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"Priceless" is dead

Annali Roux

"Gold digger" - somebody who is regarded as pursuing personal relationships in order to obtain wealth.

How did society desecrate love and passion to the point where it has completely lost its meaning? Where are the days where pizza on the living room floor was romantic? Today it seems as if countless women go from great to gold digger when the time is just right. Even the sweetest of creatures can unpredictably turn into wolves when the sweet whiff of the pound is dangled in front of their ambitious little nostrils.

The world seems to be filling up with good, honest men, and some women, who are unceremoniously kicked into touch because the money had either dried up or wasn't rolling in fast enough. Some are selfish enough to get rid of dependants (one needs a Porsche at some point) whilst others are on a mission to weasel their way into becoming dependants themselves - everybody needs American Express; how can one live without it?

Whitney Houston epitomised the traditional meaning of love when she said, "I'll sleep in grand central station, baby, if you're sleeping with me." Of course, nowadays such silly declarations of love take a back seat to the ambitious nature that has turned the fairer sex and the odd gigolo into the unfairly advantaged in our warped society, using the lure of sex and beauty to overwhelm a (sometimes unsuspecting) partner. I've observed these ever growing phenomena in all walks of life. The picky squeeza at the local shebeen warding off the advances of possible suitors who cannot afford to give her an airtime voucher, or the well-groomed twenty-something meticulously scanning men at the bar on criteria such as brand of clothing and the visibility of a money clip. A man will save up for months for an engagement ring, only to be dumped like hot tamale when his girlfriend (read gold digger) realises that she could probably shop at Gucci and get a bigger ring elsewhere in less time Ö

The way I see it, security has become the proverbial thorn in the side, or the lack thereof, in many relationships. Traditional security in the sense of love and companionship has been corroded into the model of BMW one drives or what the limit on the credit card is. Where did romance take such a volatile turn? When did mothers start instructing their daughters to look for a rich man and not to fall for a skater with a bus pass? More and more women are looking to a life of leisure and comfort at the cost of their own happiness and their partners' credit card bills. Surely one can have a relationship with a credit card only for so long? Countless celebrities spending recurring bouts in rehab, and failed marriages have proven that money cannot buy happiness, yet most women will not tolerate a man if he is not able to pay for at least moderate amounts of plastic surgery and does not drive a sports car! Today people will be kicking off with questions based on occupation, income and location rather than finding out why this person has that cute little scar above his or her eye or what his or her favourite colour might be.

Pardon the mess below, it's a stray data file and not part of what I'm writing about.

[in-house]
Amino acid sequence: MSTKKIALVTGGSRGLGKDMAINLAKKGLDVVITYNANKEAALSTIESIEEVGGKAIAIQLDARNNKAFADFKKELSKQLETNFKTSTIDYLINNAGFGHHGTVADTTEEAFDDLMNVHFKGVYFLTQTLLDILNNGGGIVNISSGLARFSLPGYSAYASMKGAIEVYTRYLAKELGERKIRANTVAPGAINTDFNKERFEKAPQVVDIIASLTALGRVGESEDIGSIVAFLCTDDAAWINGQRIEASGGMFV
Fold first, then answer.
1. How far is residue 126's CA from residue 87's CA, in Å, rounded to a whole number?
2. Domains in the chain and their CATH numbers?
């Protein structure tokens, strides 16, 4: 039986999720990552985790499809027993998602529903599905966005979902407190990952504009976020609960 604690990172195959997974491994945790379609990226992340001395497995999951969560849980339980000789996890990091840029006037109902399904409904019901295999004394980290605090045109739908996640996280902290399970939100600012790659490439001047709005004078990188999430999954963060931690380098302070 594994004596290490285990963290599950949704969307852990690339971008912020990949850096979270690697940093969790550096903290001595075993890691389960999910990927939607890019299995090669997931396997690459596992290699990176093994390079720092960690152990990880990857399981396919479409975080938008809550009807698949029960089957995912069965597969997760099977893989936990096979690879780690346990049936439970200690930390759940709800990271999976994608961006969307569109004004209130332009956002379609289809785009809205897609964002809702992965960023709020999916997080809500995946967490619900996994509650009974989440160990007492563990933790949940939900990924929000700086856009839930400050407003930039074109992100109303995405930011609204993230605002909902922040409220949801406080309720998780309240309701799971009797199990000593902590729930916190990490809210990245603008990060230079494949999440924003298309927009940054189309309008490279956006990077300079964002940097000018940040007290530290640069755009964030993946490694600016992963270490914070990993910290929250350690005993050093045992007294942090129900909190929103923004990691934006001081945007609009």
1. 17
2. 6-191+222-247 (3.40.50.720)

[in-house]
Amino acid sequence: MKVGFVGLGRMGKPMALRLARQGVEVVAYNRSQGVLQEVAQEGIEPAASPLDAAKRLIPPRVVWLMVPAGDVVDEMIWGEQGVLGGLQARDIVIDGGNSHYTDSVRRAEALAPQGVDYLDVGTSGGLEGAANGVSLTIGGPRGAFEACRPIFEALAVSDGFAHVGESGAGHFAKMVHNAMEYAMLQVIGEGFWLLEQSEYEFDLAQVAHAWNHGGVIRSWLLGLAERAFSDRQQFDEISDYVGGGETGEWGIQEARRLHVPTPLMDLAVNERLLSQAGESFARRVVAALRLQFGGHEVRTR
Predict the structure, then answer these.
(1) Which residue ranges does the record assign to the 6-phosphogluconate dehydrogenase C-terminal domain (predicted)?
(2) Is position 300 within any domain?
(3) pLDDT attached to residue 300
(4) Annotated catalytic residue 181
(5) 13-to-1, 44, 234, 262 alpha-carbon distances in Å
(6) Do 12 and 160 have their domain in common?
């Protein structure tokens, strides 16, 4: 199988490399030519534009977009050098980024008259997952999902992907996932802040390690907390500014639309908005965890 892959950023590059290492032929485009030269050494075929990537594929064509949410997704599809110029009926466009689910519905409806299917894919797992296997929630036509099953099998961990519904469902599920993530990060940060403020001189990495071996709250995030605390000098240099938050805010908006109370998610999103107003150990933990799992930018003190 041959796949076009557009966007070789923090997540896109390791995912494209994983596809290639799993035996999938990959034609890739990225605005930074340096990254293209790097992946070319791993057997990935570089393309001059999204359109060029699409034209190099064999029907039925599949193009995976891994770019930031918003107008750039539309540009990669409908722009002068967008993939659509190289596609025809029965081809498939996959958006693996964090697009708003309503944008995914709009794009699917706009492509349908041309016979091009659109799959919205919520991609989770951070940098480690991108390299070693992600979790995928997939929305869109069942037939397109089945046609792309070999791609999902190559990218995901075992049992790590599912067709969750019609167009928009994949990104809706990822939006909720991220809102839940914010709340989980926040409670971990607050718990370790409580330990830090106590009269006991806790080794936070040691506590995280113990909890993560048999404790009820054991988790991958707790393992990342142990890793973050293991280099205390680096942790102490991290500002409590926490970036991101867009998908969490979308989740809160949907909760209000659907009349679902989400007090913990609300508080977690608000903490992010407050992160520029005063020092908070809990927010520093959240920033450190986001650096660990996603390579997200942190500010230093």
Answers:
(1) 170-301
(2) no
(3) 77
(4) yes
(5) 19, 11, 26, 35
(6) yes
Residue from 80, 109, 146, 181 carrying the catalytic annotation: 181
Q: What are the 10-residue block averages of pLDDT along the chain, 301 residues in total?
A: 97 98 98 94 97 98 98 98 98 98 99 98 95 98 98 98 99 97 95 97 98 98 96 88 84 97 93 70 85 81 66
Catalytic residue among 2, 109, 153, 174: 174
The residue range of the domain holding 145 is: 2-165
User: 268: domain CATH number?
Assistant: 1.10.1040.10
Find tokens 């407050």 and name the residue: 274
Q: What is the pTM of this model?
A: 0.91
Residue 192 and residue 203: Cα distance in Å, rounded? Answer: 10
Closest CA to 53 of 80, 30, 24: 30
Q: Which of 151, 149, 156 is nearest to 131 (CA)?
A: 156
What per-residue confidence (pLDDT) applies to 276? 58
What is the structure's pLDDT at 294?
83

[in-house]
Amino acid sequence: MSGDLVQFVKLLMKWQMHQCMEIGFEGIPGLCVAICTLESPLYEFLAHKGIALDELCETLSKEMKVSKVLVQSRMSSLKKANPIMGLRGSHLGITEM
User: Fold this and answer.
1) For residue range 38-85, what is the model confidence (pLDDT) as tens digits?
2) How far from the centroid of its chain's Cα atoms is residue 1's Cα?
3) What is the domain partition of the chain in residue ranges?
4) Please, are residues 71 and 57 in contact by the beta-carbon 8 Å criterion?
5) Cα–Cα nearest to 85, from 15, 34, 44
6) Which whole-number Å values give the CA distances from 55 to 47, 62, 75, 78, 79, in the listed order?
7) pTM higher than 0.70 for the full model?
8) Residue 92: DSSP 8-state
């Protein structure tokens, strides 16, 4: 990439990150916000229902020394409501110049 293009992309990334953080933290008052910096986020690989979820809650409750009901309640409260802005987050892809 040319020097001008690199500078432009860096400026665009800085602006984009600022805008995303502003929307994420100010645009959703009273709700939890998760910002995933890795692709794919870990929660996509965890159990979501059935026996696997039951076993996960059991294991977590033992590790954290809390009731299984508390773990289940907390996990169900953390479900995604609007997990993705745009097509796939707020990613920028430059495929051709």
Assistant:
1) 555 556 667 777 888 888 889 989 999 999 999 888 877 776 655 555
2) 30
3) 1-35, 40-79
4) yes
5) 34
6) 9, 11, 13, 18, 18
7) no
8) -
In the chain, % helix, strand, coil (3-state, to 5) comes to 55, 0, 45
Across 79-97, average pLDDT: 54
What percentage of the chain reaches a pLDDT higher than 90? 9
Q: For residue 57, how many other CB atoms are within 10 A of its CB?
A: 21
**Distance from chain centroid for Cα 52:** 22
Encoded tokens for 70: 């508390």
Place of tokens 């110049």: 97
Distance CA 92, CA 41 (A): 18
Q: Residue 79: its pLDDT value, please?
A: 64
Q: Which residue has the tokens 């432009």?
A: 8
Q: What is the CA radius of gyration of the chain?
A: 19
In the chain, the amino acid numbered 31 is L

People, where did we as a society start pursuing others for money? Do we have no shame, no dignity, no traditional values? The world became shallow the day affection received a price tag, thus insuring that the good guys always finish last.

Love and romance seem to be dying, and money has become their assassin.

This grim experience of life and love is fortunately not my own. I am writing on behalf of many good, honest and just men and women I know who have fallen victim to the vicious and ruthless pursuits of others who will stop at nothing in order to obtain wealth. It's a damn shame.

LitNet: 23 May 2005

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